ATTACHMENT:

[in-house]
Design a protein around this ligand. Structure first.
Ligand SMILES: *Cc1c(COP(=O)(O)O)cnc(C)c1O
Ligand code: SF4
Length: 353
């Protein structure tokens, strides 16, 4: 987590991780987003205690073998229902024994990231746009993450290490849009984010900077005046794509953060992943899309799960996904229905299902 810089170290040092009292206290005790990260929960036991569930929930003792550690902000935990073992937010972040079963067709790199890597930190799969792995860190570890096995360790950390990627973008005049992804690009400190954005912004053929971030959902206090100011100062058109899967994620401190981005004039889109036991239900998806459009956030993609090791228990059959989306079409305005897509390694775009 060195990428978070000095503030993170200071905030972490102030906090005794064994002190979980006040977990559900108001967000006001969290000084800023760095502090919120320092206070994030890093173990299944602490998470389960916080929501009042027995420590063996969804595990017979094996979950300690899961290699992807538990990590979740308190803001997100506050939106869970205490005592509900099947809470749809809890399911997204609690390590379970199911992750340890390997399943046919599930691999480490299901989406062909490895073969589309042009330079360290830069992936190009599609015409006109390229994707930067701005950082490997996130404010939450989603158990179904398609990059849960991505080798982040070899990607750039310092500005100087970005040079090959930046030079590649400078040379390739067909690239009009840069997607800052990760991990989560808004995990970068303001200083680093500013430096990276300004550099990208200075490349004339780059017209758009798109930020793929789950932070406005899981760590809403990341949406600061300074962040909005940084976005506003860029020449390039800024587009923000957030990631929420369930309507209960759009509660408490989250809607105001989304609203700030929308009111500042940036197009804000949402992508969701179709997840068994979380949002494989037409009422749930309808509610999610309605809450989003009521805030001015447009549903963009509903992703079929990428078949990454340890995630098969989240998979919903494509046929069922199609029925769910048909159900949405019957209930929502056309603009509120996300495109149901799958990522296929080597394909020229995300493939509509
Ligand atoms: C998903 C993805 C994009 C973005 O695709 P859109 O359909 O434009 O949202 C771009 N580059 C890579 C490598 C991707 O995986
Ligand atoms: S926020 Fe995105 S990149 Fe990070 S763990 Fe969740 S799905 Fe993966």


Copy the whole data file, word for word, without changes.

[in-house]
Design a protein around this ligand. Structure first.
Ligand SMILES: *Cc1c(COP(=O)(O)O)cnc(C)c1O
Ligand code: SF4
Length: 353
């Protein structure tokens, strides 16, 4: 987590991780987003205690073998229902024994990231746009993450290490849009984010900077005046794509953060992943899309799960996904229905299902 810089170290040092009292206290005790990260929960036991569930929930003792550690902000935990073992937010972040079963067709790199890597930190799969792995860190570890096995360790950390990627973008005049992804690009400190954005912004053929971030959902206090100011100062058109899967994620401190981005004039889109036991239900998806459009956030993609090791228990059959989306079409305005897509390694775009 060195990428978070000095503030993170200071905030972490102030906090005794064994002190979980006040977990559900108001967000006001969290000084800023760095502090919120320092206070994030890093173990299944602490998470389960916080929501009042027995420590063996969804595990017979094996979950300690899961290699992807538990990590979740308190803001997100506050939106869970205490005592509900099947809470749809809890399911997204609690390590379970199911992750340890390997399943046919599930691999480490299901989406062909490895073969589309042009330079360290830069992936190009599609015409006109390229994707930067701005950082490997996130404010939450989603158990179904398609990059849960991505080798982040070899990607750039310092500005100087970005040079090959930046030079590649400078040379390739067909690239009009840069997607800052990760991990989560808004995990970068303001200083680093500013430096990276300004550099990208200075490349004339780059017209758009798109930020793929789950932070406005899981760590809403990341949406600061300074962040909005940084976005506003860029020449390039800024587009923000957030990631929420369930309507209960759009509660408490989250809607105001989304609203700030929308009111500042940036197009804000949402992508969701179709997840068994979380949002494989037409009422749930309808509610999610309605809450989003009521805030001015447009549903963009509903992703079929990428078949990454340890995630098969989240998979919903494509046929069922199609029925769910048909159900949405019957209930929502056309603009509120996300495109149901799958990522296929080597394909020229995300493939509509
Ligand atoms: C998903 C993805 C994009 C973005 O695709 P859109 O359909 O434009 O949202 C771009 N580059 C890579 C490598 C991707 O995986
Ligand atoms: S926020 Fe995105 S990149 Fe990070 S763990 Fe969740 S799905 Fe993966």